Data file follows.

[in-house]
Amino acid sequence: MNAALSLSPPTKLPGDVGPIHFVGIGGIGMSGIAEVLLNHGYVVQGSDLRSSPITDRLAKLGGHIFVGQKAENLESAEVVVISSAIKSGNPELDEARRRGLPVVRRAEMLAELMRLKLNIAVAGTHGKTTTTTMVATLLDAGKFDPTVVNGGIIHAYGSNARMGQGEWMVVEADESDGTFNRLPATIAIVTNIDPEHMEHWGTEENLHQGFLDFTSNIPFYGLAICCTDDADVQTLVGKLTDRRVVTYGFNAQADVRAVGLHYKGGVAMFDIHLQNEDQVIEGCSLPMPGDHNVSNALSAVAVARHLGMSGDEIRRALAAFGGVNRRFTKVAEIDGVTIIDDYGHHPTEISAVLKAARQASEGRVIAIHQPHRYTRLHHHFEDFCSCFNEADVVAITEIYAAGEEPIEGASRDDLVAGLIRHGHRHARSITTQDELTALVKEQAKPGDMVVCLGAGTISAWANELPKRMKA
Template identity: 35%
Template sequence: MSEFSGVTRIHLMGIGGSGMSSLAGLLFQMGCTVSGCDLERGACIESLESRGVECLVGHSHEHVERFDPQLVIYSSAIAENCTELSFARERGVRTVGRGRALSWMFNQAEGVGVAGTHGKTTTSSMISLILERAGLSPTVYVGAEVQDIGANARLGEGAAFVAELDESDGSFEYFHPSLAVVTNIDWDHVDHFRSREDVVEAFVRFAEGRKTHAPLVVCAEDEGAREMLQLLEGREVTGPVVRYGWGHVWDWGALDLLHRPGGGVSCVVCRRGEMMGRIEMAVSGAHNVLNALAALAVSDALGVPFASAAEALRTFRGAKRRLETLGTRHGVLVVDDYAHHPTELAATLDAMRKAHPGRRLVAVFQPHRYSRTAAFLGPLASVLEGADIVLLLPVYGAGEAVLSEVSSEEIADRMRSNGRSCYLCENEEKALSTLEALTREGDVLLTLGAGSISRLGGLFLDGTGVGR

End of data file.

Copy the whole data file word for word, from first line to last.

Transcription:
[in-house]
Amino acid sequence: MNAALSLSPPTKLPGDVGPIHFVGIGGIGMSGIAEVLLNHGYVVQGSDLRSSPITDRLAKLGGHIFVGQKAENLESAEVVVISSAIKSGNPELDEARRRGLPVVRRAEMLAELMRLKLNIAVAGTHGKTTTTTMVATLLDAGKFDPTVVNGGIIHAYGSNARMGQGEWMVVEADESDGTFNRLPATIAIVTNIDPEHMEHWGTEENLHQGFLDFTSNIPFYGLAICCTDDADVQTLVGKLTDRRVVTYGFNAQADVRAVGLHYKGGVAMFDIHLQNEDQVIEGCSLPMPGDHNVSNALSAVAVARHLGMSGDEIRRALAAFGGVNRRFTKVAEIDGVTIIDDYGHHPTEISAVLKAARQASEGRVIAIHQPHRYTRLHHHFEDFCSCFNEADVVAITEIYAAGEEPIEGASRDDLVAGLIRHGHRHARSITTQDELTALVKEQAKPGDMVVCLGAGTISAWANELPKRMKA
Template identity: 35%
Template sequence: MSEFSGVTRIHLMGIGGSGMSSLAGLLFQMGCTVSGCDLERGACIESLESRGVECLVGHSHEHVERFDPQLVIYSSAIAENCTELSFARERGVRTVGRGRALSWMFNQAEGVGVAGTHGKTTTSSMISLILERAGLSPTVYVGAEVQDIGANARLGEGAAFVAELDESDGSFEYFHPSLAVVTNIDWDHVDHFRSREDVVEAFVRFAEGRKTHAPLVVCAEDEGAREMLQLLEGREVTGPVVRYGWGHVWDWGALDLLHRPGGGVSCVVCRRGEMMGRIEMAVSGAHNVLNALAALAVSDALGVPFASAAEALRTFRGAKRRLETLGTRHGVLVVDDYAHHPTELAATLDAMRKAHPGRRLVAVFQPHRYSRTAAFLGPLASVLEGADIVLLLPVYGAGEAVLSEVSSEEIADRMRSNGRSCYLCENEEKALSTLEALTREGDVLLTLGAGSISRLGGLFLDGTGVGR